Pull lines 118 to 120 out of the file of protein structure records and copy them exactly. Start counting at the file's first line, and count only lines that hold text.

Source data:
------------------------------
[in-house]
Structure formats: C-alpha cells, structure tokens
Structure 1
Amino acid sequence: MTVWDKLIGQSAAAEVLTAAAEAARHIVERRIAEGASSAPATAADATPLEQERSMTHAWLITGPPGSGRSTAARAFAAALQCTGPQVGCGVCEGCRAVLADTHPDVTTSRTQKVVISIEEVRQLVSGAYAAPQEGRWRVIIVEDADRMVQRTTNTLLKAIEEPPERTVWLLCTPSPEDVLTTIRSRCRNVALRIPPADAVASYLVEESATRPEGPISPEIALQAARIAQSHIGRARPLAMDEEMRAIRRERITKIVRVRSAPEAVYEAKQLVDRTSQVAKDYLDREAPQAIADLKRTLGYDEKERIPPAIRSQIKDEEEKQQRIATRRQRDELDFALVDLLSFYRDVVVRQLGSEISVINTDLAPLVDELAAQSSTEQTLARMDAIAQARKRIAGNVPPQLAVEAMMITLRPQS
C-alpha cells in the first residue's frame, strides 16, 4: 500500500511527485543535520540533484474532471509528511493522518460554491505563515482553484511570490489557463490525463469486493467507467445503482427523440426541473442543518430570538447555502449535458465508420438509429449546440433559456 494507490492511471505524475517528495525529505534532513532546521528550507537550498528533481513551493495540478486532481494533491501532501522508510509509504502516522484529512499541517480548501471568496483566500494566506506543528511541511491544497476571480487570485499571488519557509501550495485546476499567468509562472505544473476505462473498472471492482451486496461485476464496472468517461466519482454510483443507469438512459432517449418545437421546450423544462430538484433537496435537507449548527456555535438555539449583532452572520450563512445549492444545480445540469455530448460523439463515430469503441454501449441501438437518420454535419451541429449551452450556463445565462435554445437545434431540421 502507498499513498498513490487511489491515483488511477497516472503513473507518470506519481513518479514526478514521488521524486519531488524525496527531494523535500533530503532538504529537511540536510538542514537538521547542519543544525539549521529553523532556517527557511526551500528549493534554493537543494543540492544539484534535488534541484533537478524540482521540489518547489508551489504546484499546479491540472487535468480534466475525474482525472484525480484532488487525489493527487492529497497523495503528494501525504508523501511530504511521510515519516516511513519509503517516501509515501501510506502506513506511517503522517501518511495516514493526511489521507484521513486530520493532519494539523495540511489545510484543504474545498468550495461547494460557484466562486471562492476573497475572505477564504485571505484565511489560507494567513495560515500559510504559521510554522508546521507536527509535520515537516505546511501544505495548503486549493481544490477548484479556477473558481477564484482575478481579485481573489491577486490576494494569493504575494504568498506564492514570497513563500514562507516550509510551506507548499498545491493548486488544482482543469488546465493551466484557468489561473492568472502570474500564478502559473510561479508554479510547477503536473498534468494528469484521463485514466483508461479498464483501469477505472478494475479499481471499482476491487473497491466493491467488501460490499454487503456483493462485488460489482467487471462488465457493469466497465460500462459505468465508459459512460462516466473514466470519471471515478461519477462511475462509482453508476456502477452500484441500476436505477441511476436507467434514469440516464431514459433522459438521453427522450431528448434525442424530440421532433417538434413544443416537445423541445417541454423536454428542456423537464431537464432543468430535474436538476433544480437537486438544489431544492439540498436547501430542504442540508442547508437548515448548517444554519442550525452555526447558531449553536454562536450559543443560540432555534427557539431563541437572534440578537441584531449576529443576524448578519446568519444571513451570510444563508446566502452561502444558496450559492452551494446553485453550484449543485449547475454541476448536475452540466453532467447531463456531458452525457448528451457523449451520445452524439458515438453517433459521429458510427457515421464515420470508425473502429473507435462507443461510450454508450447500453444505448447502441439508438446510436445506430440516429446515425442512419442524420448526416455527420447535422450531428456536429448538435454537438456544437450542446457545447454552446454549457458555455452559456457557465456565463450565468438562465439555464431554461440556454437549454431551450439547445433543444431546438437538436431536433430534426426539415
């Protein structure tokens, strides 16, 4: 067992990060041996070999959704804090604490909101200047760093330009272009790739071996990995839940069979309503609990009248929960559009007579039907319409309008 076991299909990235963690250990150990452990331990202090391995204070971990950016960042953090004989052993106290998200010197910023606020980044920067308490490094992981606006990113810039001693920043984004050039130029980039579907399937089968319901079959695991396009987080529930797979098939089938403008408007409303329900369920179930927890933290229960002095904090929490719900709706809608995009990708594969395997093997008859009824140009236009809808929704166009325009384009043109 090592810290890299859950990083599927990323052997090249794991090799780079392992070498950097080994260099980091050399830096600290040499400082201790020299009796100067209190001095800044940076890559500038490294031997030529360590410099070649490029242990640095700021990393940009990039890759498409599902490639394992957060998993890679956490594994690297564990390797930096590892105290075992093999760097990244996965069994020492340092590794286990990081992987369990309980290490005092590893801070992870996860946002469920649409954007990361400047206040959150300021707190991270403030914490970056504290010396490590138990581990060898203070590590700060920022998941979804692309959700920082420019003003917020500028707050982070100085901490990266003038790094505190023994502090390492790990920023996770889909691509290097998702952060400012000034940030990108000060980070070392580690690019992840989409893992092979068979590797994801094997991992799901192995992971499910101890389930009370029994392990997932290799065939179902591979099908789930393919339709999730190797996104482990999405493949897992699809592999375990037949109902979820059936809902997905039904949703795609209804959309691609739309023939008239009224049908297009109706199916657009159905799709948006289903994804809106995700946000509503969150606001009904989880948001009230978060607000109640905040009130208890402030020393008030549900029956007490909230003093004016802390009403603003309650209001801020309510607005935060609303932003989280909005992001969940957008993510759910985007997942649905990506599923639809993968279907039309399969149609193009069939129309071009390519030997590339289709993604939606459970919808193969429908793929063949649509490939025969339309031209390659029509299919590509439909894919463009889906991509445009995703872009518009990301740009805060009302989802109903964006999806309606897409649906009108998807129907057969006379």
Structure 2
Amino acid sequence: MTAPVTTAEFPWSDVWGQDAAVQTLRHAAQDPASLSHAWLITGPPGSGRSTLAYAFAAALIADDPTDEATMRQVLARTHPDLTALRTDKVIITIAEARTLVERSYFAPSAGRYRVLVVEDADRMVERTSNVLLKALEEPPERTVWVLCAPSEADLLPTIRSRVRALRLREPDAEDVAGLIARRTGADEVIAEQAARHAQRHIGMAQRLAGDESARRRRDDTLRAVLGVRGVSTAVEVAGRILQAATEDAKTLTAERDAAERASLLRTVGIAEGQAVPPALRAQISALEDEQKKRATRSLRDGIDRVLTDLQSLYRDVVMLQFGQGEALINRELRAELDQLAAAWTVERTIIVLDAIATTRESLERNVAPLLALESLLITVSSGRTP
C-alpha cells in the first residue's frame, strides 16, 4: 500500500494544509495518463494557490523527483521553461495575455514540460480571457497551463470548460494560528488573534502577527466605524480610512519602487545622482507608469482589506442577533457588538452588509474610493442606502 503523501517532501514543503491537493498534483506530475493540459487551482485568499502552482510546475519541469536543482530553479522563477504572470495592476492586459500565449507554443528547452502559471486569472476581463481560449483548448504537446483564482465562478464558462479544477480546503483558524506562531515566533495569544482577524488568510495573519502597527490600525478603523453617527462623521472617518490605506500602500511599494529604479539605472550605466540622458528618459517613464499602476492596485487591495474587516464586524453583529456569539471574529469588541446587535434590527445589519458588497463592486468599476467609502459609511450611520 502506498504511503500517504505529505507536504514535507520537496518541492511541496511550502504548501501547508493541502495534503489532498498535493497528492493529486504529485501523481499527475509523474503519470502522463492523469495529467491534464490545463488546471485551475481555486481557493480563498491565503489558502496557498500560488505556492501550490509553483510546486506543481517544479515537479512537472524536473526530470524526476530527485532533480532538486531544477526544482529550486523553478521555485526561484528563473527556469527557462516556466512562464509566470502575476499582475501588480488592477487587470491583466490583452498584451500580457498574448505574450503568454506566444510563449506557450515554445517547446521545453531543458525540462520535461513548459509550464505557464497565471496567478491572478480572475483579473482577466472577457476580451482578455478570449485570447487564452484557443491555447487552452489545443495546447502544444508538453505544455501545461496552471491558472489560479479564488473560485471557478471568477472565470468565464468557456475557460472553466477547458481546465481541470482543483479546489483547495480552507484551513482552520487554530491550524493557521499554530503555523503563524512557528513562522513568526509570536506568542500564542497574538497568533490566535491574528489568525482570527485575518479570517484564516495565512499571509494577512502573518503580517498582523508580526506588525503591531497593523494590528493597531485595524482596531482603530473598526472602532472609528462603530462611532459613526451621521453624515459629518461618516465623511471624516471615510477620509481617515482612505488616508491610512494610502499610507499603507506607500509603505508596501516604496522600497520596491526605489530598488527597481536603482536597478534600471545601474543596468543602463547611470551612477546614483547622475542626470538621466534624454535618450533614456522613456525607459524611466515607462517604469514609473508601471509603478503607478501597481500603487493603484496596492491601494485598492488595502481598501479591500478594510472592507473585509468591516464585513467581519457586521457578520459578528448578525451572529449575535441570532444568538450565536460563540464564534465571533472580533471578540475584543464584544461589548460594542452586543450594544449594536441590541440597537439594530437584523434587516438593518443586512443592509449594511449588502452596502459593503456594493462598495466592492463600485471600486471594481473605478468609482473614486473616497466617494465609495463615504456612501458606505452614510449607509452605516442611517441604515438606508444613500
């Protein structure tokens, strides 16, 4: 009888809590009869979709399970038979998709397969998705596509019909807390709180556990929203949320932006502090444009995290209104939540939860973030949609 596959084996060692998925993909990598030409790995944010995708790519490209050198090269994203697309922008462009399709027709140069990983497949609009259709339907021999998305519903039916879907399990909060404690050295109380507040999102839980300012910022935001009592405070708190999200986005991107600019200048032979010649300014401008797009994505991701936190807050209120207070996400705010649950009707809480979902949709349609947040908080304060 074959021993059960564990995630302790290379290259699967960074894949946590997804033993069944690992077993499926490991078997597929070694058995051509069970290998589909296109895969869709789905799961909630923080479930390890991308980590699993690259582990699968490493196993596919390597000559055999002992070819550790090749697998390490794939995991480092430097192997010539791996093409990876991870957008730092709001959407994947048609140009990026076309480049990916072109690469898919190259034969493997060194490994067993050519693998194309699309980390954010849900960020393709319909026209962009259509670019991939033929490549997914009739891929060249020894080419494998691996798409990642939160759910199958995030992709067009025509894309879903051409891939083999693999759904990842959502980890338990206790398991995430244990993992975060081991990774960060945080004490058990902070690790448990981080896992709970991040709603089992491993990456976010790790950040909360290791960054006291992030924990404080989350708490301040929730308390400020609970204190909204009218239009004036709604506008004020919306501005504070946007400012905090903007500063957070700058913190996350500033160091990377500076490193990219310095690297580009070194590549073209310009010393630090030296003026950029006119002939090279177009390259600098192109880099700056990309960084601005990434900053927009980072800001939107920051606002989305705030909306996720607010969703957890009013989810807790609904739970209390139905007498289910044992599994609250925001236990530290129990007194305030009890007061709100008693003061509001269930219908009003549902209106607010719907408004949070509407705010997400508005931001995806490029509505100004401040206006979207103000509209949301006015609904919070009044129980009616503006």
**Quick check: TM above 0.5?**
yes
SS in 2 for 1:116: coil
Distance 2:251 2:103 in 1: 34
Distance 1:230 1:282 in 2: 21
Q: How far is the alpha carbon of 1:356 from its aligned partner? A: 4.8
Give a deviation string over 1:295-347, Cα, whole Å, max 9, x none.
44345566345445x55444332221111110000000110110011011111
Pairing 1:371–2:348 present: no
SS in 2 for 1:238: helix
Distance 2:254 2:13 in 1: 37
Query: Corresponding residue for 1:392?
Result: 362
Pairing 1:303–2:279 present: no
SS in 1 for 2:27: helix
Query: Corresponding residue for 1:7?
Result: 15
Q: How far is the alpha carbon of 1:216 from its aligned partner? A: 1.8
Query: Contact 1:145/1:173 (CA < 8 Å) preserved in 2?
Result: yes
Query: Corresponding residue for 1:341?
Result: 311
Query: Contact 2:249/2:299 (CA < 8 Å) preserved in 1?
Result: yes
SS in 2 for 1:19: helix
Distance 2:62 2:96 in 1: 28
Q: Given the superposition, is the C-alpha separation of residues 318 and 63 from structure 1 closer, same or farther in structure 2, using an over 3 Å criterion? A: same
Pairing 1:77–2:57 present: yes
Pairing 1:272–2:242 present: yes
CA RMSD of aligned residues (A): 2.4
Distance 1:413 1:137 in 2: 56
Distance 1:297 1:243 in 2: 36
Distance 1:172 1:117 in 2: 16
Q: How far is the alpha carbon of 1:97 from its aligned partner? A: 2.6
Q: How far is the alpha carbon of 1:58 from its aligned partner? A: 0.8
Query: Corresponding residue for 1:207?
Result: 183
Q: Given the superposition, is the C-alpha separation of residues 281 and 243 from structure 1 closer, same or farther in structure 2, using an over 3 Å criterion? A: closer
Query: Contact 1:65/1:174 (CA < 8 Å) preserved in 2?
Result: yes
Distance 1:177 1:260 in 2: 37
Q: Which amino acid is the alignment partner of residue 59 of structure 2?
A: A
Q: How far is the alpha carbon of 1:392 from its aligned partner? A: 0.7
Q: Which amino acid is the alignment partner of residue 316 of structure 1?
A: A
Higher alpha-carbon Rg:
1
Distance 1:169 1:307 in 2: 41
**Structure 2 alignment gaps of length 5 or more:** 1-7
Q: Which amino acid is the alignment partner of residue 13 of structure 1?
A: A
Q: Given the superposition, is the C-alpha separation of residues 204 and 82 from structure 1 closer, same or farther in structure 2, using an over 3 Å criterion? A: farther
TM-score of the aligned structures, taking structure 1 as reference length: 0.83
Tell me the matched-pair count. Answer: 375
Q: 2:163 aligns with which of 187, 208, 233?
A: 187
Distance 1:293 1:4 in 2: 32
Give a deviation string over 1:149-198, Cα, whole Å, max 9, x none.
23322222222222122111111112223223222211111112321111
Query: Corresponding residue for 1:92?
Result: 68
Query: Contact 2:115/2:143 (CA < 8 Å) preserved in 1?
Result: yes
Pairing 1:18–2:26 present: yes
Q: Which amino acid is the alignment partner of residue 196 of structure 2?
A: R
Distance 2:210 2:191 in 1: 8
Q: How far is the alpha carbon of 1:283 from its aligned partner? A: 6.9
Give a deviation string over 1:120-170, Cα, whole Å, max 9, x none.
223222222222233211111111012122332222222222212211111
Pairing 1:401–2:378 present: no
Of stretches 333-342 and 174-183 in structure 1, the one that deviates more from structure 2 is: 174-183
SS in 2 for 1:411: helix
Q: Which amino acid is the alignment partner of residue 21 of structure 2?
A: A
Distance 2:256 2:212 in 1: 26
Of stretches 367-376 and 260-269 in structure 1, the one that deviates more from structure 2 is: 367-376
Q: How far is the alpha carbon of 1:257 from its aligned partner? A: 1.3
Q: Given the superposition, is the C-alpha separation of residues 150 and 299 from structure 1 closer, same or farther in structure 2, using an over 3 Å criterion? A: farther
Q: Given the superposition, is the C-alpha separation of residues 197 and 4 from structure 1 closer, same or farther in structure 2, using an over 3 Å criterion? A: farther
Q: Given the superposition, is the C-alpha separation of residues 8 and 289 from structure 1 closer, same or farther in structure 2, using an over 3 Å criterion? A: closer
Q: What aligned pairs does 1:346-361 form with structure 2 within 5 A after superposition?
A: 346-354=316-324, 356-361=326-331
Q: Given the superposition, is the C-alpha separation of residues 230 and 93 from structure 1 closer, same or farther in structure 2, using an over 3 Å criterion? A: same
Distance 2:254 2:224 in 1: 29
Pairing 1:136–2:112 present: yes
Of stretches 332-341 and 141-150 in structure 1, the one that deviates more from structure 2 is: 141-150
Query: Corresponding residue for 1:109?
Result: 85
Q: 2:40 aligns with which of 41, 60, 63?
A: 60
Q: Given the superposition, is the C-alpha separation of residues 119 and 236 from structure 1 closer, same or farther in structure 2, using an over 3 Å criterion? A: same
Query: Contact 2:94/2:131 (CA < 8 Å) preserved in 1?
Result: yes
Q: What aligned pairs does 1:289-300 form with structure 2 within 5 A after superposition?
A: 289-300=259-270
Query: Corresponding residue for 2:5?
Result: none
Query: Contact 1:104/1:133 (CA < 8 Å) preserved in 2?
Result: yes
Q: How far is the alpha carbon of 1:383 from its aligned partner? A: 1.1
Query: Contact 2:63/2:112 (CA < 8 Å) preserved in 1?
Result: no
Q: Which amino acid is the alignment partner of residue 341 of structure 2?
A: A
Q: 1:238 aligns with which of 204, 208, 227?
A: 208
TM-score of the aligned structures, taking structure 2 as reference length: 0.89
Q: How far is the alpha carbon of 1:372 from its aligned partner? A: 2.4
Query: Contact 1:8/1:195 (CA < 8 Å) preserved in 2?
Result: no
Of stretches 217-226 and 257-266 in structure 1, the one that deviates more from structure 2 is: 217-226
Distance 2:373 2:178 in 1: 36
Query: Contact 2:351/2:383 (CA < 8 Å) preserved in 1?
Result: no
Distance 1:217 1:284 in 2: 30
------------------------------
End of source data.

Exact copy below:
A: 208
TM-score of the aligned structures, taking structure 2 as reference length: 0.89
Q: How far is the alpha carbon of 1:372 from its aligned partner? A: 2.4